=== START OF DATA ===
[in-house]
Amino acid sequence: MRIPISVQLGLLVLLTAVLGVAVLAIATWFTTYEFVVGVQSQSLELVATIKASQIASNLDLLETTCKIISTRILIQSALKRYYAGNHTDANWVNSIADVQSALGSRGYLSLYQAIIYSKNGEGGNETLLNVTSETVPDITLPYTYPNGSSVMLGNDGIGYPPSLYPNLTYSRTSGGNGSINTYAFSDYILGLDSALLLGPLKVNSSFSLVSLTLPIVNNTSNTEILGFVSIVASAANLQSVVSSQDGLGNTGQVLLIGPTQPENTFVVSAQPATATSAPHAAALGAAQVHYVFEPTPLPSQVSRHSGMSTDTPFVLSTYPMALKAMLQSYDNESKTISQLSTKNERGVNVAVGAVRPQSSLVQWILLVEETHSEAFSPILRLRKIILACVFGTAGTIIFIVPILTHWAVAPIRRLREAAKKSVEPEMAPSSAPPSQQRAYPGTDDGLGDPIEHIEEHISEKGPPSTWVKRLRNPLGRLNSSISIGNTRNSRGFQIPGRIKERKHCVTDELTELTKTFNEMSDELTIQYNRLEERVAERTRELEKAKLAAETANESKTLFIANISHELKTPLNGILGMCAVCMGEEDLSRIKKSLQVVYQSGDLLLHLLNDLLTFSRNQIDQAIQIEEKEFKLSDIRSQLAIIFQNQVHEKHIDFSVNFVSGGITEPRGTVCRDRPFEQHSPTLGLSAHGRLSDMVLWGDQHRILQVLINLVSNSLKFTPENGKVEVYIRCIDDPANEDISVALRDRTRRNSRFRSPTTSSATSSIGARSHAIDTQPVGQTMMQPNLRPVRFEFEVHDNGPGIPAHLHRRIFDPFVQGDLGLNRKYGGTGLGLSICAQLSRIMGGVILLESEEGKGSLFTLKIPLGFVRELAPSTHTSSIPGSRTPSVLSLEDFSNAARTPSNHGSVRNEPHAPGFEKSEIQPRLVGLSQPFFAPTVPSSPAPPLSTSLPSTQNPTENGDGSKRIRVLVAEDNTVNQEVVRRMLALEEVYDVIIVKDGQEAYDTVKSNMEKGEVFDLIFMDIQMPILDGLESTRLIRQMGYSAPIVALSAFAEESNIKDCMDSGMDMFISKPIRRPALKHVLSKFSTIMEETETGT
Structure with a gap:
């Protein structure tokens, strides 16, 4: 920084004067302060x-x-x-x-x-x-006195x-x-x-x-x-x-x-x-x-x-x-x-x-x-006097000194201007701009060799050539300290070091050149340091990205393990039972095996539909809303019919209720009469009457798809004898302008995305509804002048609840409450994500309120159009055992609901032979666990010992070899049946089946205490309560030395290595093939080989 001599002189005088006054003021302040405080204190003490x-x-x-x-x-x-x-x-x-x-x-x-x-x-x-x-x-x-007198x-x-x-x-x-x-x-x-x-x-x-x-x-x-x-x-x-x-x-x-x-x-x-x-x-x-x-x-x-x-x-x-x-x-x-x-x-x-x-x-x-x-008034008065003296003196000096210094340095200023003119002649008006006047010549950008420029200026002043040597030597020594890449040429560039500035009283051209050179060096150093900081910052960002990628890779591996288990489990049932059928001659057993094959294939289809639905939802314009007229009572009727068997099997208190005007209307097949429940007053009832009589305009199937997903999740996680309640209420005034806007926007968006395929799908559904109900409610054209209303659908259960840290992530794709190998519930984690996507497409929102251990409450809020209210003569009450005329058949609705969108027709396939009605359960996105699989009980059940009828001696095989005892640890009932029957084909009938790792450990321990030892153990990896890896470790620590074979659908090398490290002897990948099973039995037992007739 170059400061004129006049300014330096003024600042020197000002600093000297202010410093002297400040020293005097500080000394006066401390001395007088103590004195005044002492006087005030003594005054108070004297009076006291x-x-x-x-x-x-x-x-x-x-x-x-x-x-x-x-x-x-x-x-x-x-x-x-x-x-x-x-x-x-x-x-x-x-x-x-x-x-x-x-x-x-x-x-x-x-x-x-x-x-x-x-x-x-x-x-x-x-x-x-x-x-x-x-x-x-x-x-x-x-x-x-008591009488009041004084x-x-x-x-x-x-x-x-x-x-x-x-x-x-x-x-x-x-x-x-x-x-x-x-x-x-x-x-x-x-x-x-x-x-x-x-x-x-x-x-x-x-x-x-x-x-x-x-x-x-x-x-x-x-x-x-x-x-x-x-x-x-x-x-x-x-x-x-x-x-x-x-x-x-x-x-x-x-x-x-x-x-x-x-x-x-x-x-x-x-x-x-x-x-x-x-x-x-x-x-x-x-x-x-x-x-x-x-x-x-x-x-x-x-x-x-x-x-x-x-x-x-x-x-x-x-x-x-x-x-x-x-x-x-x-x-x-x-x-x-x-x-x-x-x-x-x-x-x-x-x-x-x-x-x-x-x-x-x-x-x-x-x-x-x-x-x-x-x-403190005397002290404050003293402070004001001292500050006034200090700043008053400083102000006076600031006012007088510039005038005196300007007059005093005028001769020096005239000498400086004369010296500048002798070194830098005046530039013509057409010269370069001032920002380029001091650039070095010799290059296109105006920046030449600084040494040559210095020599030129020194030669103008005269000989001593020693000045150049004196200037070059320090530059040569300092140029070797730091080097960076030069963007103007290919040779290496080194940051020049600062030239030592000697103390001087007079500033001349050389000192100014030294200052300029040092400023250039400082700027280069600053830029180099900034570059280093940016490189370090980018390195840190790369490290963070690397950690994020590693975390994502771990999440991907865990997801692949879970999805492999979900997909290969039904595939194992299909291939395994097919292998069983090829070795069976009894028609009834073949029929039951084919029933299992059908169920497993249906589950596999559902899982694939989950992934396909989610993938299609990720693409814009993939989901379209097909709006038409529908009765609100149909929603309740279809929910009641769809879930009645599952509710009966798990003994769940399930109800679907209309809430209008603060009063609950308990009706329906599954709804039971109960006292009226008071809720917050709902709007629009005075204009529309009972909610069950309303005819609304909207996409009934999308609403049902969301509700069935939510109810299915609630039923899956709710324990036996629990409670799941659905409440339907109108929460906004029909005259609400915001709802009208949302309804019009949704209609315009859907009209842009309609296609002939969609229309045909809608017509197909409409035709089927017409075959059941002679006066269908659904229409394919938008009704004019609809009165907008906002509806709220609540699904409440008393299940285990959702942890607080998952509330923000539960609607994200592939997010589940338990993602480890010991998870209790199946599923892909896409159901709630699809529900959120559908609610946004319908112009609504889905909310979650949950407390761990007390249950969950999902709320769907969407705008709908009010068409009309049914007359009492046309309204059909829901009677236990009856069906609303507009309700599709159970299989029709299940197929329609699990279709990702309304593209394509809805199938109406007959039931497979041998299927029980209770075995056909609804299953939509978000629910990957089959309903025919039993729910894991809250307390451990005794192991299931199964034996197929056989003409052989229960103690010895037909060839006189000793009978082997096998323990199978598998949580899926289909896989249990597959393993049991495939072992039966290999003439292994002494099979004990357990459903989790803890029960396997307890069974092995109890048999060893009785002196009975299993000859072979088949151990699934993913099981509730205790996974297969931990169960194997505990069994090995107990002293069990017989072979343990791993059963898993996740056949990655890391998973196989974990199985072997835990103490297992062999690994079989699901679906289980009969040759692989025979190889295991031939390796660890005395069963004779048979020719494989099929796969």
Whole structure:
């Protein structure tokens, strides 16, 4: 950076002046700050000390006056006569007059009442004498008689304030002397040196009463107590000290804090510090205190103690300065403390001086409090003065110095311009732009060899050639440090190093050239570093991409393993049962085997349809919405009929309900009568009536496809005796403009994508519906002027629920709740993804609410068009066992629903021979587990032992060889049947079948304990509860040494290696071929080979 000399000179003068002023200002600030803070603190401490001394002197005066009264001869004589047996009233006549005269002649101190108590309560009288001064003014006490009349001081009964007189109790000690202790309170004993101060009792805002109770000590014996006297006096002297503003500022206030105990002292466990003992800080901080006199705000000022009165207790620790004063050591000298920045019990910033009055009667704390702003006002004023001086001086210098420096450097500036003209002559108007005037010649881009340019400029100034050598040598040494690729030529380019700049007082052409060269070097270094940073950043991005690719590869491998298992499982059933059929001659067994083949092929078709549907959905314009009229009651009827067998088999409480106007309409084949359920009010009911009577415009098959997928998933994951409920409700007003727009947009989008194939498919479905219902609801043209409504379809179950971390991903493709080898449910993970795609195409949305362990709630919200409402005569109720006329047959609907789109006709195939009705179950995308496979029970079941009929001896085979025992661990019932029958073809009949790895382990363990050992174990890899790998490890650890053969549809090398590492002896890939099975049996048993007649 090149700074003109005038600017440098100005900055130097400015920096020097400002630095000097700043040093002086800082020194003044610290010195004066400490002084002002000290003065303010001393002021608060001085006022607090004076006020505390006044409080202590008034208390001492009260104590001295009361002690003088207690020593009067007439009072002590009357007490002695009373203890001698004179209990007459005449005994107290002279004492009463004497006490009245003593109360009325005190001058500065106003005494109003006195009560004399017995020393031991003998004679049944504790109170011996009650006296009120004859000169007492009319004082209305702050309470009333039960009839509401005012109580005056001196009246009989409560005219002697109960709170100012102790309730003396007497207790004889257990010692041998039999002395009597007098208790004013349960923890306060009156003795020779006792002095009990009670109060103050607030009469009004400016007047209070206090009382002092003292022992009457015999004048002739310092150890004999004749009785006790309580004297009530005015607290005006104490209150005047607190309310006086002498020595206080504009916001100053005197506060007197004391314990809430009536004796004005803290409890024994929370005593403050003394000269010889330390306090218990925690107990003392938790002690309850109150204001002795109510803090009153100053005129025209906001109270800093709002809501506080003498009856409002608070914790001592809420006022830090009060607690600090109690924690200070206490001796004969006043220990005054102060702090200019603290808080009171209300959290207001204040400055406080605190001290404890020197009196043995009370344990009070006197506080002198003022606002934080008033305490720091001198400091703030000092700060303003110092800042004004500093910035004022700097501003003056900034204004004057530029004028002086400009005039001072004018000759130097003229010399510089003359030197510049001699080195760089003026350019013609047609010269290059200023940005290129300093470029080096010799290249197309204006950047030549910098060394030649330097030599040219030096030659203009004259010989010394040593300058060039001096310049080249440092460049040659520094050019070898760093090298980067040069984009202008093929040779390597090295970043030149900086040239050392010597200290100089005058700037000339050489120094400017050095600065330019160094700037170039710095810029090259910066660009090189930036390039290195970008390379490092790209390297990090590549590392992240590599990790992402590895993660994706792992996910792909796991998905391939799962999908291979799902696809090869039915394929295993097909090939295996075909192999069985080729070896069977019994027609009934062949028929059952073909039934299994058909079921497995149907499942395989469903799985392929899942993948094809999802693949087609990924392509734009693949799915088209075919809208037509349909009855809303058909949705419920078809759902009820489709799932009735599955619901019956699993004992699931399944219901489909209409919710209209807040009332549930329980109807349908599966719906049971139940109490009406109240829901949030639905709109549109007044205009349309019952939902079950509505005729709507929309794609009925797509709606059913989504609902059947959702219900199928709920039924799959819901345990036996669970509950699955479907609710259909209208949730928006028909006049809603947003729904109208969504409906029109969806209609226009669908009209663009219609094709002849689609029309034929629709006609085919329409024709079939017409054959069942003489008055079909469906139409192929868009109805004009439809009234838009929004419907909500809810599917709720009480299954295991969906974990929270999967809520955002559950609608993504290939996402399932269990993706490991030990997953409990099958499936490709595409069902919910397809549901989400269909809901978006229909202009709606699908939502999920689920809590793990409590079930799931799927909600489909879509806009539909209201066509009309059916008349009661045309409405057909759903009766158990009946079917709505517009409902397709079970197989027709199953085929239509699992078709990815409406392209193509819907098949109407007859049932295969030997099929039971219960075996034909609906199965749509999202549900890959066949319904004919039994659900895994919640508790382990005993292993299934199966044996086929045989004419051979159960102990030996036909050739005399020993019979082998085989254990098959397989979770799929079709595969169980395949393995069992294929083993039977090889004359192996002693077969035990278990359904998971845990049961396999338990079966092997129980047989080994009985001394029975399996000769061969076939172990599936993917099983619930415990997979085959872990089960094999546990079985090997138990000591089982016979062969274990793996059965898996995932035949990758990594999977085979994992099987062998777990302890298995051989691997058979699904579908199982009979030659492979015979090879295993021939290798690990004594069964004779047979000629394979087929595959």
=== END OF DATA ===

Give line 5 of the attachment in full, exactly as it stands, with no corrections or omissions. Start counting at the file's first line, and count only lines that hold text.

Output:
Whole structure: